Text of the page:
Today, social responsibility is as – if not more – valuable than corporate desire. Consumers are increasingly aligning with organisations that act ethically, and that increasingly means being ensuring privacy as well.

A footnote on footprint

Depending on the organisation, a third mantra may also be worth considering: to make it your business to reduce, not add, risk. This is particularly applicable to organisations that serve or service others.

In security circles, there’s considerable effort to bring the security of suppliers and other third-parties into line with customer-set standards. Similar efforts exist in decarbonisation and sustainability, where outsourced providers can be a significant contributor to Scope 3 emissions, and customers again are moving to align with providers that offset and reduce their emissions over time.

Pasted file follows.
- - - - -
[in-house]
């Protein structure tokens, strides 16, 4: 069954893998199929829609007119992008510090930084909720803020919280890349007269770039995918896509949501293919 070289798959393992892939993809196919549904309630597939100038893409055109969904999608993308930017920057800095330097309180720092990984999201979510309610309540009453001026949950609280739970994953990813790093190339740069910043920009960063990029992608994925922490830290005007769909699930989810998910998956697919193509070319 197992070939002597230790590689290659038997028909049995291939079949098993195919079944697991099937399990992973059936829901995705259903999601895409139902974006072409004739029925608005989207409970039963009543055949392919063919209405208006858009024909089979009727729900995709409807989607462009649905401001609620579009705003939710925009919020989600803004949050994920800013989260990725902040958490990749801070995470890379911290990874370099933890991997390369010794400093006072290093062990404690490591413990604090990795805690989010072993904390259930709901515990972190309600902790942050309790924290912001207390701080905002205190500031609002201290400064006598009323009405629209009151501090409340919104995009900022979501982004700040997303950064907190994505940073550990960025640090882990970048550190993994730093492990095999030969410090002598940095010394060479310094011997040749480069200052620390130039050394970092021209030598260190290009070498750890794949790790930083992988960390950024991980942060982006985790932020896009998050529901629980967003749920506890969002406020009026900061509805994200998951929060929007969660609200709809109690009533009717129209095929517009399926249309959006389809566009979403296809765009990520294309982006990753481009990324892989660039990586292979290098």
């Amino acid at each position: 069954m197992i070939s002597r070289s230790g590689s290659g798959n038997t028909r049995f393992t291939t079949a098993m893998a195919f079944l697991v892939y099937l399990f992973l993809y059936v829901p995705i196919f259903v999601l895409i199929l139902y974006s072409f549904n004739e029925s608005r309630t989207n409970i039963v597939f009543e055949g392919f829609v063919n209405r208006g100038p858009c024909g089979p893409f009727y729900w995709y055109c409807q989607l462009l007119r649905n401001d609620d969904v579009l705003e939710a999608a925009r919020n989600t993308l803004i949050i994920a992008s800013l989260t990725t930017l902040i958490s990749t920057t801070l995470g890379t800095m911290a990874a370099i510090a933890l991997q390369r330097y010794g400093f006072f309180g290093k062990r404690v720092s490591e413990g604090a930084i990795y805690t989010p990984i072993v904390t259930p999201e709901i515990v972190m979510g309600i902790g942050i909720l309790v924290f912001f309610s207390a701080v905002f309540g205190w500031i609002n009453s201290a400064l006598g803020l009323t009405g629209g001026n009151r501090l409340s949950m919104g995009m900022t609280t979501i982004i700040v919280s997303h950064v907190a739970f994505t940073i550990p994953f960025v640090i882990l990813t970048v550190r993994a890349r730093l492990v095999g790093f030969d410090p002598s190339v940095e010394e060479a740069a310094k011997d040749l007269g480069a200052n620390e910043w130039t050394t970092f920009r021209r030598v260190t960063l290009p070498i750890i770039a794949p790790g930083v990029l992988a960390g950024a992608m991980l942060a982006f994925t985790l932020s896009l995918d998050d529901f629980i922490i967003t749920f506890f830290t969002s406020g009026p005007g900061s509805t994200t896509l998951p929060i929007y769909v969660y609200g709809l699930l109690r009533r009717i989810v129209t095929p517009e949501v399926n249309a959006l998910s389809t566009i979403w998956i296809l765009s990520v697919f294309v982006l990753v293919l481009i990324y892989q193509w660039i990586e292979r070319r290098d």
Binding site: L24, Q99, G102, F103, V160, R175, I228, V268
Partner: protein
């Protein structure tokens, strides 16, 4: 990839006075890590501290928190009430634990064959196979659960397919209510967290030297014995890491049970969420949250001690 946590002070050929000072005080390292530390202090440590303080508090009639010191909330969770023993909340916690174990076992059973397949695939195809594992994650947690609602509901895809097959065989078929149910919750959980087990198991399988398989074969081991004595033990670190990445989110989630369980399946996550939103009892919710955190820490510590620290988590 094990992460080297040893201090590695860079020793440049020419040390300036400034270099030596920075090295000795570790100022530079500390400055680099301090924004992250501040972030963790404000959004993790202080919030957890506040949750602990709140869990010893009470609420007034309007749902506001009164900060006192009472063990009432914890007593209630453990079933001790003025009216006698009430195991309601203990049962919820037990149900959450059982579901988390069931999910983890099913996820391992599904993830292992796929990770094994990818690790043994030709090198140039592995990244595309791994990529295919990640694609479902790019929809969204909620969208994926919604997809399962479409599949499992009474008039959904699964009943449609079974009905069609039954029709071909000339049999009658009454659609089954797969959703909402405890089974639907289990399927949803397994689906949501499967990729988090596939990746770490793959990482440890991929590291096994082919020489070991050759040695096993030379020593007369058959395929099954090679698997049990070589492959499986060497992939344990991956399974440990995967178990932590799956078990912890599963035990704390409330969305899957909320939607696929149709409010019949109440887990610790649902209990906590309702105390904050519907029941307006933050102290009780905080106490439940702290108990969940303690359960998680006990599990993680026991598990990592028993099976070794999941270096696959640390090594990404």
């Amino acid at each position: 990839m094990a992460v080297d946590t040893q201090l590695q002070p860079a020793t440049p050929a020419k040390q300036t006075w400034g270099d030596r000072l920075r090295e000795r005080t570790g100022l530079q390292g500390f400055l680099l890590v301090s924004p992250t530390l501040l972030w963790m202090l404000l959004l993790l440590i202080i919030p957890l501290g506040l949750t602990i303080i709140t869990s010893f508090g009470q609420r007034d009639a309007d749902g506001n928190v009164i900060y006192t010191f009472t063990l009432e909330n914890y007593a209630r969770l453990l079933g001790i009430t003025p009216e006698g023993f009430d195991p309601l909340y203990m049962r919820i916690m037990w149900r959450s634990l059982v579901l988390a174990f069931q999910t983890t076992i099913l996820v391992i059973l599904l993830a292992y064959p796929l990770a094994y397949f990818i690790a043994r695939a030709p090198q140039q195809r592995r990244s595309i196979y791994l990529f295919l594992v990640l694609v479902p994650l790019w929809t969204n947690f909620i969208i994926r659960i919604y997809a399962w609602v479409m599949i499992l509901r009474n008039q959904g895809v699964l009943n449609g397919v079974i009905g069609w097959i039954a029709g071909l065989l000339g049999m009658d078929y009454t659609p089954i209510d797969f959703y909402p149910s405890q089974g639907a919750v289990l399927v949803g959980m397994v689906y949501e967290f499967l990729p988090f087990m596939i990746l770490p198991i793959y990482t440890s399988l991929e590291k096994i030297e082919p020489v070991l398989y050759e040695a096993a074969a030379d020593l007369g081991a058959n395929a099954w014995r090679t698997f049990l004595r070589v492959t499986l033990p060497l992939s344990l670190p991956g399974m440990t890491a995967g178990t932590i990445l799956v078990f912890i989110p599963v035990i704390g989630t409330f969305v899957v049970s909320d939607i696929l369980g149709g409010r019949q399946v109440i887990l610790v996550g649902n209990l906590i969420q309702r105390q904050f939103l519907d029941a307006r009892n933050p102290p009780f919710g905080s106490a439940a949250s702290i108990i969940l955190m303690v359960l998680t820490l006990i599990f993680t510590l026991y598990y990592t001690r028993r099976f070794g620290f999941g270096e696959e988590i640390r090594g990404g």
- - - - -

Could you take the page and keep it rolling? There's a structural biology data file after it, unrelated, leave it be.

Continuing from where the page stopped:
Privacy is on track to become similar. That is, organisations will choose to work with others that demonstrate a similar commitment to privacy.  This is already happening: a Gartner survey last month found almost one-third of respondents had “abandoned an agency or channel partner over the last year due to customer trust or privacy concerns”.

This may become even more pronounced as changes to the Privacy Act in Australia (and similar reviews across the ditch in NZ and globally) push organisations to hit a collectively higher bar of PII preservation and protection. Given the precarious state of privacy, and a seemingly endless parade of breaches, change is long overdue and – for many consumers – cannot come soon enough.

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Glyn Geoghegan

Glyn Geoghegan

Glyn Geoghegan is a highly experienced independent Information Security Analyst and Consultant, with over 25 years of pedigree in the design, deployment, testing, and assessment of IT systems, services, and processes.